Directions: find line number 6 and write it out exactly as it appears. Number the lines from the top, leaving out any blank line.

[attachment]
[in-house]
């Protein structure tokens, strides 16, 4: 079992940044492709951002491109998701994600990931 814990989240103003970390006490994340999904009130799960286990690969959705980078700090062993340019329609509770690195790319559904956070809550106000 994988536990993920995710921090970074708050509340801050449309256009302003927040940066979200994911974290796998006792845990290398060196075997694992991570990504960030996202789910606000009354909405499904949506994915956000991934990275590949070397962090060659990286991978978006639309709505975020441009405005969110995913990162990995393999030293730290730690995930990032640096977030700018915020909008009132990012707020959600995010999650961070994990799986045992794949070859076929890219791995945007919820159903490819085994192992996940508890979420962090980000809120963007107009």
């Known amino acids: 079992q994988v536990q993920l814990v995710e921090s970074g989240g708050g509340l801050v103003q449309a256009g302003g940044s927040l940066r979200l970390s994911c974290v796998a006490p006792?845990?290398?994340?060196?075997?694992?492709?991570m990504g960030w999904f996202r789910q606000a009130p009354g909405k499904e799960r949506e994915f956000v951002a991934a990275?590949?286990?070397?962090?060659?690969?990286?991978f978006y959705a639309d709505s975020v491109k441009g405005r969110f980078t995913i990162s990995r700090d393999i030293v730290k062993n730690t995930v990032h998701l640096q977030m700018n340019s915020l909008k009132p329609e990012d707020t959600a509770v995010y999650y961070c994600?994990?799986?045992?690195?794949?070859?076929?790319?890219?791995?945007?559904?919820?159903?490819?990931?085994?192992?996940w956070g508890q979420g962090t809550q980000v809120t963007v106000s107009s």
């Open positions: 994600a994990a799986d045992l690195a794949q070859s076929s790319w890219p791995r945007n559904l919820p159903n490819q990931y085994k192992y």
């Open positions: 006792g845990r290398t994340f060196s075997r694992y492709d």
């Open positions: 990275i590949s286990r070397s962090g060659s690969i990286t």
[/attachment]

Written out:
């Open positions: 990275i590949s286990r070397s962090g060659s690969i990286t």